Misawa shift workers won't go hungry on Christmas Eve
MISAWA AIR BASE, Japan — Santa Claus isn’t the only one who has to work Christmas Eve.
As children nestle all snug in their beds Dec. 24, about 250 Misawa shift workers — from security forces officers at the gates to sewage and steam plant operators — will be burning the midnight oil.
The Security Hill Senior Enlisted Council will see to it, however, that they don’t go hungry.
A private organization composed of the hill’s master, senior master and chief master sergeants, the group will prepare and deliver holiday feasts in to-go boxes to all shift workers as part of its fifth annual Christmas Eve feed.
“Working shift is a difficult job,” said Chief Master Sgt. Richard Tabler, the event’s lead organizer and 373rd Support Squadron superintendent. “We appreciate the fact that they’re standing watch. They’re there to keep everyone safe. We’re just trying to show our appreciation and gratitude for what they do.”
The council determines who’s working and where on Christmas Eve through unit first sergeants and chief petty officers, Tabler said.
“We sent out menus so individuals can fill out what they want,” he said. The choices would fatten even Santa Claus. They include turkey and ham, mashed potatoes and stuffing with gravy, yams, corn, green beans, rolls and an assortment of cookies and desserts — the sweet stuff courtesy of the hill’s two Single Unaccompanied Dependents and Spouses organizations.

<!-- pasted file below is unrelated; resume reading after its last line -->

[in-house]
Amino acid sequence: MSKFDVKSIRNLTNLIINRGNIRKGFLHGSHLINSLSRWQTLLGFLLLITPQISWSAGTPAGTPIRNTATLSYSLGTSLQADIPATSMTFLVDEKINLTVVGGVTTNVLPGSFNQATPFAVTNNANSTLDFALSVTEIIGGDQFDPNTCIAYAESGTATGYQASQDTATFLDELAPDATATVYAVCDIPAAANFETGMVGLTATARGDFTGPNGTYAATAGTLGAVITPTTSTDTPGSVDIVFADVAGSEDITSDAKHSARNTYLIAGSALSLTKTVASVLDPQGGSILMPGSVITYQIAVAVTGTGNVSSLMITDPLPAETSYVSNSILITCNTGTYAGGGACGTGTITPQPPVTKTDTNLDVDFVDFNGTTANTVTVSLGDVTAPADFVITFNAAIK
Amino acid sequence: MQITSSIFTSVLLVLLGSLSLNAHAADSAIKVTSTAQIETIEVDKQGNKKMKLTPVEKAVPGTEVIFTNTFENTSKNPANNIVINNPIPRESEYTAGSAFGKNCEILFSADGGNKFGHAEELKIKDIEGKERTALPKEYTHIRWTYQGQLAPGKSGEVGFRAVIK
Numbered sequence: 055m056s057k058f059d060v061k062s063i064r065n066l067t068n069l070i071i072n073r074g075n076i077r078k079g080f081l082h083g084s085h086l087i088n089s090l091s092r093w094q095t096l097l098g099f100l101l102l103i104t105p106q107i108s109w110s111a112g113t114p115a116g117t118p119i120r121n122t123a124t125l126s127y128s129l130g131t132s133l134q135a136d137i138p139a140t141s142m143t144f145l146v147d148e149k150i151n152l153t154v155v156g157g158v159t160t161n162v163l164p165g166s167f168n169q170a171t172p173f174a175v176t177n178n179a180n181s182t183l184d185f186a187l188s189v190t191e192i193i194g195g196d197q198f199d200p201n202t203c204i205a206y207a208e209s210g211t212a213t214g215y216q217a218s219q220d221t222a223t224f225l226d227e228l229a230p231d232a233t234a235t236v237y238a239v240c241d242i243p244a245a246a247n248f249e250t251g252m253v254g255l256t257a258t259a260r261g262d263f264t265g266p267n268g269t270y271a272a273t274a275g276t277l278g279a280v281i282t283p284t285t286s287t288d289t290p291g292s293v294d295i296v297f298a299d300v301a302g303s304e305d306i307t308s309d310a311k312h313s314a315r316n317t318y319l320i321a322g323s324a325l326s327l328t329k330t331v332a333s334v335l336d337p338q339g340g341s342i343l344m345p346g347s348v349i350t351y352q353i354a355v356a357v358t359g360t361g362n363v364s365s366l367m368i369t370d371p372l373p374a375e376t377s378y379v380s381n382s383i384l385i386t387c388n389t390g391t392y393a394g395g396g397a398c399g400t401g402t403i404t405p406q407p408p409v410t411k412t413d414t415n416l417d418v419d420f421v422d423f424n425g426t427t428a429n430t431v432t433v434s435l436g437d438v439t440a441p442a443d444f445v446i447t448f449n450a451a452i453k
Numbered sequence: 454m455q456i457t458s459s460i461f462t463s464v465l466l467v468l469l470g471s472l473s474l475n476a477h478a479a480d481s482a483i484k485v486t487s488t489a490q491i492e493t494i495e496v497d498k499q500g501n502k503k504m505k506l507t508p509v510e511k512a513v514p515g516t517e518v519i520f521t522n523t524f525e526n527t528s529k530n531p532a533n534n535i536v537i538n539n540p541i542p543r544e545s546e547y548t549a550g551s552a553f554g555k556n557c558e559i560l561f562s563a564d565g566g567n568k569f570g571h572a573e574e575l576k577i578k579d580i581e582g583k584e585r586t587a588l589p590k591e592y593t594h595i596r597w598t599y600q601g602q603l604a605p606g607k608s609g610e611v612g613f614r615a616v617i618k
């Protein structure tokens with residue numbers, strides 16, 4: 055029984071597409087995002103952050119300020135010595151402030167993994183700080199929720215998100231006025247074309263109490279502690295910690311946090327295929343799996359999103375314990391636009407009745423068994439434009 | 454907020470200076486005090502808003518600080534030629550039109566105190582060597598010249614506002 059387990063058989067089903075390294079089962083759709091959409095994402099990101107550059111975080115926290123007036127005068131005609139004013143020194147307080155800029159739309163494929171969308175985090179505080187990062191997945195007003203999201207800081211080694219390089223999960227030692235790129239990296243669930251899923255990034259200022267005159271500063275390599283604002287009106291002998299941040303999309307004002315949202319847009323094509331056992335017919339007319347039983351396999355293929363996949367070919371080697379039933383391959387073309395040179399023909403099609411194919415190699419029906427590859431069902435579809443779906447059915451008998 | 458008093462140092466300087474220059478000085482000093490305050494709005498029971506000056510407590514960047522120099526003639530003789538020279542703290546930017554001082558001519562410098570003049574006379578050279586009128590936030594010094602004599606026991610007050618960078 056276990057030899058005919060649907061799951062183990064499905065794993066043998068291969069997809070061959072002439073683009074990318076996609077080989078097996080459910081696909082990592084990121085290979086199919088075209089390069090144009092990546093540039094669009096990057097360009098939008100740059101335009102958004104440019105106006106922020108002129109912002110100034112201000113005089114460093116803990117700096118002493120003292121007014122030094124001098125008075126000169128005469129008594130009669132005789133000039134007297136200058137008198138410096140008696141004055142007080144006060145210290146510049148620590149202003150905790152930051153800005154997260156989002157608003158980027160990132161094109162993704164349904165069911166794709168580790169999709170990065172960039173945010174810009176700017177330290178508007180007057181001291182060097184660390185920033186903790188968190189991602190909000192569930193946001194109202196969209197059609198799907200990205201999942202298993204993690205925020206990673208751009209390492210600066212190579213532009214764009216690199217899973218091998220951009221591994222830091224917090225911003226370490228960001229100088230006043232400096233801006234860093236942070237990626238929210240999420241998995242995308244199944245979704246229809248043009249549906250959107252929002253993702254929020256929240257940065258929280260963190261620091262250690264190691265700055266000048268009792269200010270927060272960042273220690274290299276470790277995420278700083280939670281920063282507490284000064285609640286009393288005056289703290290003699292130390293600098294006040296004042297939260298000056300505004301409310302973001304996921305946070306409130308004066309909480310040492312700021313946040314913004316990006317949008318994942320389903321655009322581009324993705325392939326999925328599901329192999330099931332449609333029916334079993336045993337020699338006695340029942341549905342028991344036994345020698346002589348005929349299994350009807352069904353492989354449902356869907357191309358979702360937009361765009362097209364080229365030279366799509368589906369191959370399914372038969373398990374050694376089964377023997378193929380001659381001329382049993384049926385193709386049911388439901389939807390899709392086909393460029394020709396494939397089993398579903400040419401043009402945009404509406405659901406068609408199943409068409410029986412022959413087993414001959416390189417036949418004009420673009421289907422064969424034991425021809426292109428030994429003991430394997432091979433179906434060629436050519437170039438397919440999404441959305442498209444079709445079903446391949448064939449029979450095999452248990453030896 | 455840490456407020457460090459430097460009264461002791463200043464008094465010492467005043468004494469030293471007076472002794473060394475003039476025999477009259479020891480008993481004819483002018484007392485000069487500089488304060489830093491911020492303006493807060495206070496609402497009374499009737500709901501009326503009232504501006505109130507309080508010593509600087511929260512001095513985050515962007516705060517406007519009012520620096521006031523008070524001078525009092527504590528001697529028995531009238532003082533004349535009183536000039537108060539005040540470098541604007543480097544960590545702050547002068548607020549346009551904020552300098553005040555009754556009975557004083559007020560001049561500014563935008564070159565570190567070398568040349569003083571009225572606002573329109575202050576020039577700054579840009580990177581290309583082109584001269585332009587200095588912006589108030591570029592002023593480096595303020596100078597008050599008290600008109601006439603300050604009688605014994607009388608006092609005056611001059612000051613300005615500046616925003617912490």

In fact, Tabler said, the Christmas Eve feed is a team effort involving Air Force, Navy and Army personnel and civilians working for Misawa Security Operations Center.
“We try to enlist as many organizations up here as we can so everyone feels that they’re involved,” he said.
Senior leaders on the hill donate the turkeys and hams. And 5-6 ENCORE, a private organization of E-5s and E-6s, has signed on to help deliver the meals. Tabler estimates the council spends from $600 to $700 to purchase the rest of the food and supplies.
Food preparation takes place in Building 539, the 373rd Intelligence Group’s dormitory. To-go boxes are divvied up and sent out the door between 6 p.m. and 7 p.m., Tabler said. About a dozen people will be delivering meals — some having to do prior research to find, for instance, the base steam or sewage plant, which are staffed round the clock.
“If they’re in a shack by the Apple Gate, we’ll be driving out that way,” Tabler said.
A separate food line will be set up on the hill for about 50 shift workers there, he said.
Tabler said there’s still time to put in an order.
“If you’re working shift and you haven’t been contacted yet, contact your first sergeant or chief petty officer … they can get you a menu,” he said Tuesday. “I figure I’ll be getting menus in for the rest of the week.”